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Another Book about Bourdain

'Down and Out in Paradise' by author Charles Leerhsen is a damn good book about the late Anthony Bourdain. Some may have already read Tom Vitale's book on the same topic last year, but Vitale was a younger employee of Bourdain's during his CNN heyday. His was a close-up and deeply personal first-time author's approach.
This new book by Leerhsen is different and covers cradle to grave. Professionally written by a veteran journalist who did not know Bourdain. Full of fascinating detail largely unknown by the public.

The inset page immediately prior to the Table of Contents shows a profoundly unusual item: the final text exchange between Bourdain and Argento, apparently from the night he died.
Highly recommended.
I am done. The end

Posted by
2461 posts

Hmmm. Thanks for recommending. I've been hesitant to read any of the "tell all" books published since his death, thinking they would be exploitative and/or opportunistic.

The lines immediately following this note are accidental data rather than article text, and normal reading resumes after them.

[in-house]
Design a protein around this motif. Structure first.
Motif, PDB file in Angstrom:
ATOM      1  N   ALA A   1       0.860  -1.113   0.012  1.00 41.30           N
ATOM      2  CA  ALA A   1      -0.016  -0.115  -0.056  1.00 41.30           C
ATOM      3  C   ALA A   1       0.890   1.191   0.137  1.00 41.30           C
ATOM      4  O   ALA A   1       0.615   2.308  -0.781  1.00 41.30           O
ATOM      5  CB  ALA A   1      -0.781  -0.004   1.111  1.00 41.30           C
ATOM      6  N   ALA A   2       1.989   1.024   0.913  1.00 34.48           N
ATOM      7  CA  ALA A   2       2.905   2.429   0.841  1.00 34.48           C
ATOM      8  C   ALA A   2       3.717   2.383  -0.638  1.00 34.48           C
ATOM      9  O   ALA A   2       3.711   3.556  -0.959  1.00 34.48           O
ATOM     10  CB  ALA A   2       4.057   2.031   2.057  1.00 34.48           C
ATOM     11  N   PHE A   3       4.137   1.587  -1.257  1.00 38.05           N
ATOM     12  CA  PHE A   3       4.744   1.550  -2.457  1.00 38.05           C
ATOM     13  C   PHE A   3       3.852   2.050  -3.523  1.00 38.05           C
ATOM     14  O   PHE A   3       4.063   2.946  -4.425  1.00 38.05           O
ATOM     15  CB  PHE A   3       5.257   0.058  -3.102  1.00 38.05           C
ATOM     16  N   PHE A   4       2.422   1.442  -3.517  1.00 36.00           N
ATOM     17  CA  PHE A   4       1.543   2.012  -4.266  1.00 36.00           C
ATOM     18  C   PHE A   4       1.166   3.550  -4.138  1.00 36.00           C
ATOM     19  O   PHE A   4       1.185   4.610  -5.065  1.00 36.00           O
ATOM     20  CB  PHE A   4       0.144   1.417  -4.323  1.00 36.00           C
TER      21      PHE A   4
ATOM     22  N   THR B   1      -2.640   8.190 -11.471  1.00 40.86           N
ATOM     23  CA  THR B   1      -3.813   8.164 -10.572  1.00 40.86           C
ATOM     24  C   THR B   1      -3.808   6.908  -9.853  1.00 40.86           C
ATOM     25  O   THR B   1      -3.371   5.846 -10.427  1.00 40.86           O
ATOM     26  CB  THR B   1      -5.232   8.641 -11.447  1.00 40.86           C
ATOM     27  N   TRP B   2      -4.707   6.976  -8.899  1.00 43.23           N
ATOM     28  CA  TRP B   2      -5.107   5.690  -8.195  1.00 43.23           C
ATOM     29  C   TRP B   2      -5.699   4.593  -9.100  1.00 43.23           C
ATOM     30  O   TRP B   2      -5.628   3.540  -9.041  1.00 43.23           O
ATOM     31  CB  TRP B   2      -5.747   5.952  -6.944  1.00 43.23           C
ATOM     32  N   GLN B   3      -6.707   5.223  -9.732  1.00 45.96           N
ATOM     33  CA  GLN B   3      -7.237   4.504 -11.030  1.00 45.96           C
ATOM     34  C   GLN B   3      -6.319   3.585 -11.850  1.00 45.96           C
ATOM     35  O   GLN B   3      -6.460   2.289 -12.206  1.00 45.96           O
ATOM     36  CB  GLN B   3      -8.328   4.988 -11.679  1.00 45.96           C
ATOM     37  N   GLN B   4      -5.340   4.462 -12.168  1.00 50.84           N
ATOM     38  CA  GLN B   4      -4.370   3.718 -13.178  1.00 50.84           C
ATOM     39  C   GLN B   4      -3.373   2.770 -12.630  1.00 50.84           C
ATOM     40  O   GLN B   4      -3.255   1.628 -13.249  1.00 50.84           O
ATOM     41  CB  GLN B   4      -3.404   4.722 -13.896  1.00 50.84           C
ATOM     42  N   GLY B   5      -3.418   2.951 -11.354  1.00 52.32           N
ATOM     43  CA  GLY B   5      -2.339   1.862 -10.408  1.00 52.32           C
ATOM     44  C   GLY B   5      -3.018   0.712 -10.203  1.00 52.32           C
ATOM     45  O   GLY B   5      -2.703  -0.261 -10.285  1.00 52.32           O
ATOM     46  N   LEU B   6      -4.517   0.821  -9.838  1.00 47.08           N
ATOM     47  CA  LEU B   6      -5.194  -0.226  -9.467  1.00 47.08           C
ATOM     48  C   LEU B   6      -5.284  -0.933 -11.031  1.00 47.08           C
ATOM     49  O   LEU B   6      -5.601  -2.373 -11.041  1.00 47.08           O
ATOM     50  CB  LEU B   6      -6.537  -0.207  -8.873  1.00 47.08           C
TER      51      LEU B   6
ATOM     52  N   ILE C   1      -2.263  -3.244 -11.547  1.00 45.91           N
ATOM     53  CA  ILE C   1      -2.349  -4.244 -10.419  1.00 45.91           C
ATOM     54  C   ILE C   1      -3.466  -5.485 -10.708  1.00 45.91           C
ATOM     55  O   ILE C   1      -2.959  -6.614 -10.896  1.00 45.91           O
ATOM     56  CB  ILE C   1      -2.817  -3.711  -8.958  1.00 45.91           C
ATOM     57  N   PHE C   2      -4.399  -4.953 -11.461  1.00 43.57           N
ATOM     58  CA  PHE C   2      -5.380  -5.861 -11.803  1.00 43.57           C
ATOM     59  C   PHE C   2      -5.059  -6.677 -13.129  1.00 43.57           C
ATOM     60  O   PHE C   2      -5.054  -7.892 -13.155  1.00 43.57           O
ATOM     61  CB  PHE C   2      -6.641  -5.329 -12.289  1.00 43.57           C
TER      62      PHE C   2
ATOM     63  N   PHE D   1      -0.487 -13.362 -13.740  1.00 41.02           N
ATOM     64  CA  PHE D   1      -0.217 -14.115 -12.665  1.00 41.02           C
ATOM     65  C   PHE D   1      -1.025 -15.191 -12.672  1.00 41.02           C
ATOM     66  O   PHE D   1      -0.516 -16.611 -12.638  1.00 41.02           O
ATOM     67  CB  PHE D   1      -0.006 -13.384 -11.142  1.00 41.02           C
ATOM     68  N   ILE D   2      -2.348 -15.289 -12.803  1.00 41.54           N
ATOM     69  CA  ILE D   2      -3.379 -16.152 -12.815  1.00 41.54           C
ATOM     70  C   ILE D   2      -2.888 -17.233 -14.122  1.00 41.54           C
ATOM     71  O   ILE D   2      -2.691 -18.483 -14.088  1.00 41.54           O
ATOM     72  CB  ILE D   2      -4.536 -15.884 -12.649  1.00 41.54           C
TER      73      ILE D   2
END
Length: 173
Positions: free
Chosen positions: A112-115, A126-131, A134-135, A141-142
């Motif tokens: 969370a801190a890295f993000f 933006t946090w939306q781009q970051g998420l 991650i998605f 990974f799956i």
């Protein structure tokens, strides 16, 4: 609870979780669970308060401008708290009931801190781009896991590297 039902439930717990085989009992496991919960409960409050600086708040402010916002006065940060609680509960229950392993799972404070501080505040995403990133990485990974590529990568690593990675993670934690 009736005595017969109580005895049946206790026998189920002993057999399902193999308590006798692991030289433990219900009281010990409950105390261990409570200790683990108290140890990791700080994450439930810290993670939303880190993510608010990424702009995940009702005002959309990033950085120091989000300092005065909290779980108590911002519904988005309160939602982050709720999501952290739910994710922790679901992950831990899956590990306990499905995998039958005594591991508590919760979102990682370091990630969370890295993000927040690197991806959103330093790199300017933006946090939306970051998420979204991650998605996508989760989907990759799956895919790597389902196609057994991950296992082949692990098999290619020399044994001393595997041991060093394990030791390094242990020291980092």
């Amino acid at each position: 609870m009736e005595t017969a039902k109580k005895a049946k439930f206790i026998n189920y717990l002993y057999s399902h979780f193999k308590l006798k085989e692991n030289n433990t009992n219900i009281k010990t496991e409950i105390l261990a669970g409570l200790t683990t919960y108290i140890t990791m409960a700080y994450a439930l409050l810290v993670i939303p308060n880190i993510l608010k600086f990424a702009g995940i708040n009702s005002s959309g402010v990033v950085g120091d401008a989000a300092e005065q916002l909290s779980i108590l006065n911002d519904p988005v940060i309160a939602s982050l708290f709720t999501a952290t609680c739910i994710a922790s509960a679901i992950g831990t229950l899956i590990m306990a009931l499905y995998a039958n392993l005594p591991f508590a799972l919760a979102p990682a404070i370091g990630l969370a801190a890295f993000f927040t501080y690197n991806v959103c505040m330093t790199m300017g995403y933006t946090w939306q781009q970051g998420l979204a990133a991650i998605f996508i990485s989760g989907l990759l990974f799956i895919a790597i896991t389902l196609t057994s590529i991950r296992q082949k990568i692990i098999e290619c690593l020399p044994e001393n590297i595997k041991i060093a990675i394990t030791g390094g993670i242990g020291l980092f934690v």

Posted by
3303 posts

I actually read a book BY Bourdain, I think it was "Restaurant Confidential" and since then, we drastically reduced our restaurant meals, even before the pandemic. Kind of like reading about how the sausage is made.

Posted by
2461 posts

"Don't order fish on Mondays" still sticks with me 🤔

Posted by
629 posts

So I just received an email response from the author in question, Charles Leershen. I had recently contacted him to ask whether in his copious research, he'd ever come across any mention that Bourdain ever visited travel forums such as our Fodors, Rick Steves or Lonely Planet. Below is an excerpt, the part after he refused to send me nude photos of himself.

Thanks very much for your email. I'm so glad you liked the book and took the time to say so. No, I've never heard anything about Bourdain getting involved with those sites in any way. Although it's always possible that he did, I don't think he was a fan of travel guides and sites like those--which made it especially appalling when certain people put out a sort of (useless) travel guide under his name after his death.
Best regards,
Charles Leerhsen